How Therapy Can Help With Anxiety
So you’ve tried reading the books. You have researched, studied and memorized all that there is to read online. You ordered the motivational CD/ DVD package. You even went to the self-help seminars at the community college. Maybe they helped a little. They did give you some tips and options to make things better, but here you are looking for more information.
Anxiety is a part of your life. Over recent months, it probably feels like it is becoming an even bigger part of your life despite all of your efforts to reverse its progress. Now you are left confused, concerned and without another direction to take. What can you do? What should you do now?
It’s funny that the simplest, most obvious options are the ones that seem to elude us. The clear choice for you, and others like you, is therapy. Therapy can mean a lot of different things to different people, pet therapy is even known to be beneficial for those with anxiety, but for the sake of this piece, therapy is face-to-face, individual counseling sessions with a professional counselor, social worker or psychologist. Some psychiatrists in your area may do on-going therapy, but this is becoming rarer and your insurance company might not be willing to pay for it.
Group therapies are definitely beneficial in many ways but differ in too many ways from individual sessions to be put in the same category. Similarly, there is a strong movement towards distance therapy that is completed via video chat or instant message. That is a different beast as well.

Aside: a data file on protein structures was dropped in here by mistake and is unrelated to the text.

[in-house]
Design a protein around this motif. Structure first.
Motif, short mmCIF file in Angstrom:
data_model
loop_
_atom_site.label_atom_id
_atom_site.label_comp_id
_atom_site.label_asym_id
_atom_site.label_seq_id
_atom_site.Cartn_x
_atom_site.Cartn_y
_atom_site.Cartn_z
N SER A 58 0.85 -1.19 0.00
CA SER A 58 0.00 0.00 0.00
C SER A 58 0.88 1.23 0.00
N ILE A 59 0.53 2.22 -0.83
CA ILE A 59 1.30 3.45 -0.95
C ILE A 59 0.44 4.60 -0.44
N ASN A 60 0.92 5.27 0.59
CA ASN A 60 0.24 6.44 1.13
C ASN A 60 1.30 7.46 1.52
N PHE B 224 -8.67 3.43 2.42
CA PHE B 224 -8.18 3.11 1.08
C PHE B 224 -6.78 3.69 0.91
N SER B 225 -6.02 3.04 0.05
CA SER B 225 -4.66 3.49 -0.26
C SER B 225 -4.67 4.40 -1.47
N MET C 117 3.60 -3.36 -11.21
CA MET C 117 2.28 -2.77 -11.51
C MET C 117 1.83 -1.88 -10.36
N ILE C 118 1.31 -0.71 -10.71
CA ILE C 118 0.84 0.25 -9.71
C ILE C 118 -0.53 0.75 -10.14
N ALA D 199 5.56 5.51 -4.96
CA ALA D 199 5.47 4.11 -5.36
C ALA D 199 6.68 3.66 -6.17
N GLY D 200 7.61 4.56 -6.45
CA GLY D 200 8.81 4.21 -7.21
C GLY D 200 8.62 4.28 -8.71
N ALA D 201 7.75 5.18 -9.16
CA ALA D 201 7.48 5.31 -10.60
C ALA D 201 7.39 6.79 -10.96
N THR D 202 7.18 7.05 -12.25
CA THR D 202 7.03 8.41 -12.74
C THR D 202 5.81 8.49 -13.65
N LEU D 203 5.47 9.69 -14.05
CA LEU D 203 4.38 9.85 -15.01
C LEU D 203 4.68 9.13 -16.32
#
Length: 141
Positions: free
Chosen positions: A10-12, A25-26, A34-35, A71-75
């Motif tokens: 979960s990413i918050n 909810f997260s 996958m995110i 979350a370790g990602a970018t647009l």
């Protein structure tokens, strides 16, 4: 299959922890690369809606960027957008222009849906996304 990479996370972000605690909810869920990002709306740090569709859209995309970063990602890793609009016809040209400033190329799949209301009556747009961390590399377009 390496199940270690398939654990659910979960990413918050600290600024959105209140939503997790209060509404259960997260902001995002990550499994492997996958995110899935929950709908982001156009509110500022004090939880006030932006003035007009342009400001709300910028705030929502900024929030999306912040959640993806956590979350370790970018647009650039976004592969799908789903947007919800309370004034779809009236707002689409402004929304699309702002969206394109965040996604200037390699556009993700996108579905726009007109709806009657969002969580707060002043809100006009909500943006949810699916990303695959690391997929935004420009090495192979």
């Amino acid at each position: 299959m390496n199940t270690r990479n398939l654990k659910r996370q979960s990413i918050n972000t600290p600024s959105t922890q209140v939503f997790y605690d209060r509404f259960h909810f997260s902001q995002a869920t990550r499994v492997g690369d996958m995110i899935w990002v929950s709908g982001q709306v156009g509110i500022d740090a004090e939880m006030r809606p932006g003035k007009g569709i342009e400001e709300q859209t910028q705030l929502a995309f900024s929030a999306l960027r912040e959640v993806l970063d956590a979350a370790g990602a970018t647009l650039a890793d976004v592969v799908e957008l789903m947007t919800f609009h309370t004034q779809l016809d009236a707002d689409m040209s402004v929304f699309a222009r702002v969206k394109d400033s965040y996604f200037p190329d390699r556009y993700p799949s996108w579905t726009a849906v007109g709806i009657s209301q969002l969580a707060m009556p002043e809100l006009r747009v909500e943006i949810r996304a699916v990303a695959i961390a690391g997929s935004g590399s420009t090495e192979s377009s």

In individual therapy, you and your therapist will meet for between 45 minutes and an hour at a prescribed frequency for some amount of time. Sometimes you may need years of therapy. Sometimes you will only need a handful of sessions. It is all part of the process and the process works, especially for anxiety.
Therapy will help before your first appointment because it will allow you concede that anxiety is a problem that you cannot solve on your own. This may seem like a negative, but admitting that you have a problem really moves the process forward.
Hopefully, along the way, you can reduce the stigma that still accompanies mental health issues by telling people in your life that you are seeking treatment. Their acceptance of you will foster self-acceptance, which is needed to find improvement regardless of your situation.
Next page: digging deeper into therapy.